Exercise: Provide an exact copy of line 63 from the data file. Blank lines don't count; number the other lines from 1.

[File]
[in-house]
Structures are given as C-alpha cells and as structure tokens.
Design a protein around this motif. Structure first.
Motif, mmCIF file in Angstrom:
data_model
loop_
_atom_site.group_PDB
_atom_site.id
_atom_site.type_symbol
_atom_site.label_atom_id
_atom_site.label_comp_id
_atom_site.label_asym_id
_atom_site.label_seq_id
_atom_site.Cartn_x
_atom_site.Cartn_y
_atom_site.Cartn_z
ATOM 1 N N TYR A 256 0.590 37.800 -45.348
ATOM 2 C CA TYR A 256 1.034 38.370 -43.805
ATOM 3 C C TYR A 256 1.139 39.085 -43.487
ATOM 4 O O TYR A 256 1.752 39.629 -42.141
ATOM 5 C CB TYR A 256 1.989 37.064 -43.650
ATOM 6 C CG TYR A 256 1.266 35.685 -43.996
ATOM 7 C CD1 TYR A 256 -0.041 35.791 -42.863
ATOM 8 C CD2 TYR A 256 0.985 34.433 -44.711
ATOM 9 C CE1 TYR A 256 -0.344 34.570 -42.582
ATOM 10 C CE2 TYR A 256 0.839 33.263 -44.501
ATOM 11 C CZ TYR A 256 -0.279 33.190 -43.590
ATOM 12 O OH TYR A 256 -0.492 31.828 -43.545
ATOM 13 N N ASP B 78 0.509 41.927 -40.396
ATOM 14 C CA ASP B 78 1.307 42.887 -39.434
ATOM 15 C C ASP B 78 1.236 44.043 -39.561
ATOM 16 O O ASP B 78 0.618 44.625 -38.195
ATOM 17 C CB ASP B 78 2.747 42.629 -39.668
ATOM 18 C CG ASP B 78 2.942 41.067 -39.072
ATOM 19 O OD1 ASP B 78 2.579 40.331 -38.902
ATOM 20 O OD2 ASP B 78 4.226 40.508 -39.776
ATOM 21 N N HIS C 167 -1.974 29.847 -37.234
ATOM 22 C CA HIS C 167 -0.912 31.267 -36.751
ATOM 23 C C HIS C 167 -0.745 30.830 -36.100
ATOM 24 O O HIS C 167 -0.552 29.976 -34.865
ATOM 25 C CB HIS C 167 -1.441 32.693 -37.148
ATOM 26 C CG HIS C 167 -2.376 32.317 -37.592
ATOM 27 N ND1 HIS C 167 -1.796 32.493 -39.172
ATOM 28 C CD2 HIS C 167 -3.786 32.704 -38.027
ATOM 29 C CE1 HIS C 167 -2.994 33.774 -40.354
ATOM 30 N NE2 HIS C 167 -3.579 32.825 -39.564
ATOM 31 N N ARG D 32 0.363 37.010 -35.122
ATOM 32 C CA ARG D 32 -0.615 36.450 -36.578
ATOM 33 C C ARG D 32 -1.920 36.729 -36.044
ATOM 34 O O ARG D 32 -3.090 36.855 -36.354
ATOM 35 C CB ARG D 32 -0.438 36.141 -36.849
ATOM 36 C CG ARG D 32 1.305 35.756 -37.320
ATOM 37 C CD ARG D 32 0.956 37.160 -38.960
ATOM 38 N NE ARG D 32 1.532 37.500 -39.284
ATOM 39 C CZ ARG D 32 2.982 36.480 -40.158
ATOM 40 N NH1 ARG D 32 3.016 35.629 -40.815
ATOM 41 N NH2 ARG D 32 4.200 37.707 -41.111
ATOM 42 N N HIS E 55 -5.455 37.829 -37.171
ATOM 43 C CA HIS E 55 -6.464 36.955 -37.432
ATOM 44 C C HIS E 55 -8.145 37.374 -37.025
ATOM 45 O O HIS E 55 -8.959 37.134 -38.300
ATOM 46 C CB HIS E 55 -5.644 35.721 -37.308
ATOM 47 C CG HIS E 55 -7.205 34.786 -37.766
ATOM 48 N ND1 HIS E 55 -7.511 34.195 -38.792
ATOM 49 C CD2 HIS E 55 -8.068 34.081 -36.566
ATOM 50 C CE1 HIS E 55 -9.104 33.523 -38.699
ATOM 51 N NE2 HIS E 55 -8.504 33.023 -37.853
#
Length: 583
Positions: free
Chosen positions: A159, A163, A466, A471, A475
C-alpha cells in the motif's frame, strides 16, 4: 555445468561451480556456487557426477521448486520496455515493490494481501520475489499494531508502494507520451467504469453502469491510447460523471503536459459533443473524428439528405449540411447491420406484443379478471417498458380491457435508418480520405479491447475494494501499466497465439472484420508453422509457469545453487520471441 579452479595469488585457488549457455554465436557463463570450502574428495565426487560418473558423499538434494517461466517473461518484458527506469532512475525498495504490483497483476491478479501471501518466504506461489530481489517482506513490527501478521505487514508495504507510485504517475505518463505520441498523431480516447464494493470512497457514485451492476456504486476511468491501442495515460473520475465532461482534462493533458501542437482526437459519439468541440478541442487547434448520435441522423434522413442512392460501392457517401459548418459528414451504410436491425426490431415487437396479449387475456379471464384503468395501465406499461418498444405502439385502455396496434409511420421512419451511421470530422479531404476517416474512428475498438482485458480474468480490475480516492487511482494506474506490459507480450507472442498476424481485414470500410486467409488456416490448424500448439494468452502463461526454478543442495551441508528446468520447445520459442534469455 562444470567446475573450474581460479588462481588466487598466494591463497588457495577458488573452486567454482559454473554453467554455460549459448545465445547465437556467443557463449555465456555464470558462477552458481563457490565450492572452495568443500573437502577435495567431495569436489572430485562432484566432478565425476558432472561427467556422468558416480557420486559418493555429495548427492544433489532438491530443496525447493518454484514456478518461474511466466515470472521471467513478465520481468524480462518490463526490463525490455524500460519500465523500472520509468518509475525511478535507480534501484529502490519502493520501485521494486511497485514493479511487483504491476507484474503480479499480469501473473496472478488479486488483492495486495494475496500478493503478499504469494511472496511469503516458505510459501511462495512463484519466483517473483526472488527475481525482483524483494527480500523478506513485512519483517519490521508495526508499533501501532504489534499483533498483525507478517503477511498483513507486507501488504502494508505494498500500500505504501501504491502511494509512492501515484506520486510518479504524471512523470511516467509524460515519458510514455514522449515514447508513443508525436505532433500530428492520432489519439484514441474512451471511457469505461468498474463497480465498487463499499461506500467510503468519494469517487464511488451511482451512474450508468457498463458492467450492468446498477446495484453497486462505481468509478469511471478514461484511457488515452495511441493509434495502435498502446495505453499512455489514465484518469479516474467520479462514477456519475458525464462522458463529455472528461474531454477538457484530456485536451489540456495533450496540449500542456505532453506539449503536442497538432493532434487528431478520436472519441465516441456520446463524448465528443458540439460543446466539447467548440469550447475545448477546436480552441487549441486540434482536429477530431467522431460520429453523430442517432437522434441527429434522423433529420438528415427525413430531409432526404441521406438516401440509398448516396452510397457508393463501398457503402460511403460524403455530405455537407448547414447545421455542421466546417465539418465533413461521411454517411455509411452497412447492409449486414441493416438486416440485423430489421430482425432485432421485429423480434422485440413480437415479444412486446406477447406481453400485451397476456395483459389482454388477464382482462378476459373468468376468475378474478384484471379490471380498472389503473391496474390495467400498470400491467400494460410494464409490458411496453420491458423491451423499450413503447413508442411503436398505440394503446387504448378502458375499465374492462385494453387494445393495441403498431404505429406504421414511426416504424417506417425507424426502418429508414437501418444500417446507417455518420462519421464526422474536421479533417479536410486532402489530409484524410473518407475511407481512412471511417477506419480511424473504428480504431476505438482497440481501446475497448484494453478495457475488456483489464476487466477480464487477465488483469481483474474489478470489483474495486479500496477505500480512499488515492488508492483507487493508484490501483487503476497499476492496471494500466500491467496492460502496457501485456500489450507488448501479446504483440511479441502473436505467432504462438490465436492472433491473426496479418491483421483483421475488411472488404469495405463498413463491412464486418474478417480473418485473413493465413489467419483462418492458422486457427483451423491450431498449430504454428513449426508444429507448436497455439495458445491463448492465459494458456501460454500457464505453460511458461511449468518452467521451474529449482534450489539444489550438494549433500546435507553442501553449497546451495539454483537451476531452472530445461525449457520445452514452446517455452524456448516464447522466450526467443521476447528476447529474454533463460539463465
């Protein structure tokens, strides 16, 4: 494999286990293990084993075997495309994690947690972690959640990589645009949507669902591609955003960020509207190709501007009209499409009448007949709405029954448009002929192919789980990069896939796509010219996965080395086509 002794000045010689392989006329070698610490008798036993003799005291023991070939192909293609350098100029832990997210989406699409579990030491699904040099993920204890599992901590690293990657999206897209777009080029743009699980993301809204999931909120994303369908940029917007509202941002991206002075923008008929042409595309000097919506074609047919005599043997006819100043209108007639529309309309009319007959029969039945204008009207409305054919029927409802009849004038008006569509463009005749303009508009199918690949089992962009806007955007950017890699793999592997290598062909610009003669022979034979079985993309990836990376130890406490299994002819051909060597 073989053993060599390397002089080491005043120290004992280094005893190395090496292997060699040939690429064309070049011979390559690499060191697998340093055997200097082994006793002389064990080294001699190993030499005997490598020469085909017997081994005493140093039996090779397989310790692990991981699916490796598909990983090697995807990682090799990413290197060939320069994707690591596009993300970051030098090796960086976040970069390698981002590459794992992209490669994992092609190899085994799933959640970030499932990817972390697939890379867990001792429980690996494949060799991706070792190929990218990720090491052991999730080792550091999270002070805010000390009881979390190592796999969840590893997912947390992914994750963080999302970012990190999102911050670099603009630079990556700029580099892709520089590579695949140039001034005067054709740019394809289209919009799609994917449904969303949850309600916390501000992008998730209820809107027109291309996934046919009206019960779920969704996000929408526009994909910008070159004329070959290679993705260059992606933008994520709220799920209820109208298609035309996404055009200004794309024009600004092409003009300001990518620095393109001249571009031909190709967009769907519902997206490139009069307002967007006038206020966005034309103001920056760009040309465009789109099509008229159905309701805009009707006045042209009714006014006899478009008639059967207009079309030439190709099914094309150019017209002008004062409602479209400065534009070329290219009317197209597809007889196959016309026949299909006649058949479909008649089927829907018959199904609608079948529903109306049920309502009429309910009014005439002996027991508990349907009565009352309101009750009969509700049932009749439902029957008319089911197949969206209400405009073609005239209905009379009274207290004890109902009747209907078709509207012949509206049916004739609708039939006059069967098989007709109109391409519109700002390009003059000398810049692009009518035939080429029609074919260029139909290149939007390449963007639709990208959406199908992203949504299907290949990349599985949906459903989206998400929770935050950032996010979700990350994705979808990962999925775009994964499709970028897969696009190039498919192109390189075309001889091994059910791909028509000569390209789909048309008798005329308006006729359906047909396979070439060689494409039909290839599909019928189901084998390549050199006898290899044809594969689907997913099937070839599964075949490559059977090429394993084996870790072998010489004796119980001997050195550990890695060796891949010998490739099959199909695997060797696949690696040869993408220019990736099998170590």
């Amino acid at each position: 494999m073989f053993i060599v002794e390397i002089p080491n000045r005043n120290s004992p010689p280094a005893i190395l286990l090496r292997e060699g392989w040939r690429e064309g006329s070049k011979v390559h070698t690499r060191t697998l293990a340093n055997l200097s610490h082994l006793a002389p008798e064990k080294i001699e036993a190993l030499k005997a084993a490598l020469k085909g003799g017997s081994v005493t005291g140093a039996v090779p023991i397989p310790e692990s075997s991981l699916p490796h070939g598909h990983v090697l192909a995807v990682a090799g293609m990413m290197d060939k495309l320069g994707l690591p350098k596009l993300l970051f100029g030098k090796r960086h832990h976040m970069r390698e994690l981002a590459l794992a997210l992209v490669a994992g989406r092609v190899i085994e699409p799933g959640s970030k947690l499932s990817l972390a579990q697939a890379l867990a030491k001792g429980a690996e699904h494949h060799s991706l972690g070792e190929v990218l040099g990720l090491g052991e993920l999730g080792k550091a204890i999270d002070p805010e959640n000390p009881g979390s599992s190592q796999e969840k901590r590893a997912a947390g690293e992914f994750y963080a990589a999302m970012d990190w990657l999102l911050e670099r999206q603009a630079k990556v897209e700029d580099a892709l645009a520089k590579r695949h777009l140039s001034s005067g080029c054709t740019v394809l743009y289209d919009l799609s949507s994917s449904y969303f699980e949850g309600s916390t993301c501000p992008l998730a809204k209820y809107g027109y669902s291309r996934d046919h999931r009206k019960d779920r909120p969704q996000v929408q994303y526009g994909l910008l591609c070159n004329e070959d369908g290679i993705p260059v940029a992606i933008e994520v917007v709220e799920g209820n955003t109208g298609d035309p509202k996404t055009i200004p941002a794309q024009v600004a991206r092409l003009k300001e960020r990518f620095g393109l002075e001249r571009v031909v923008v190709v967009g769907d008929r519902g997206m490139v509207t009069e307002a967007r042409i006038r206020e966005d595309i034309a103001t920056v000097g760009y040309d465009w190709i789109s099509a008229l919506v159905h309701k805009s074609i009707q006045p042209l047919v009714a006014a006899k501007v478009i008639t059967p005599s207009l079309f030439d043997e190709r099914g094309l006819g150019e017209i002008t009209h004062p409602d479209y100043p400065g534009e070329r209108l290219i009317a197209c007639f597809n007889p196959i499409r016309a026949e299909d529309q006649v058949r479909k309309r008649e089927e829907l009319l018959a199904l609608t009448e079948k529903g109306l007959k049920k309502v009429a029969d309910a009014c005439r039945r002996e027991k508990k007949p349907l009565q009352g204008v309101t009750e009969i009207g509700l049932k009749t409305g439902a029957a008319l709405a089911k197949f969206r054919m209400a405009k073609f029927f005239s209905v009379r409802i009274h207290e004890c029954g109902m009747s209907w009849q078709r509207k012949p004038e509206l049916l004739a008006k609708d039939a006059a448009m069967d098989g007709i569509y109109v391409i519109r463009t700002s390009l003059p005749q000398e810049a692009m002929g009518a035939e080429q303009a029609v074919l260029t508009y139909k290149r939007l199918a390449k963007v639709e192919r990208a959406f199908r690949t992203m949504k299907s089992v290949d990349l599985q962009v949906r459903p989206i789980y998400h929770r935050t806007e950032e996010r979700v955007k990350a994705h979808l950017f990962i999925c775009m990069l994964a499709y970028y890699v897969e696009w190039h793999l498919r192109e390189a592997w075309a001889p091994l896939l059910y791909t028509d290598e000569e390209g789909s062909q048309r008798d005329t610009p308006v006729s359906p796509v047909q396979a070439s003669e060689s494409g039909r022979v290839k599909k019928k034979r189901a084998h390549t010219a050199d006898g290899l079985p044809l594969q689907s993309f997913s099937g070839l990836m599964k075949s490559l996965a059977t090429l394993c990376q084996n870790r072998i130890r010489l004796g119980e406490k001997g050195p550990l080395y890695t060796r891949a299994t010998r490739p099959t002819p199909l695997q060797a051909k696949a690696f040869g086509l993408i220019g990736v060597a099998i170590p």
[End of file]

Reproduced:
ATOM 47 C CG HIS E 55 -7.205 34.786 -37.766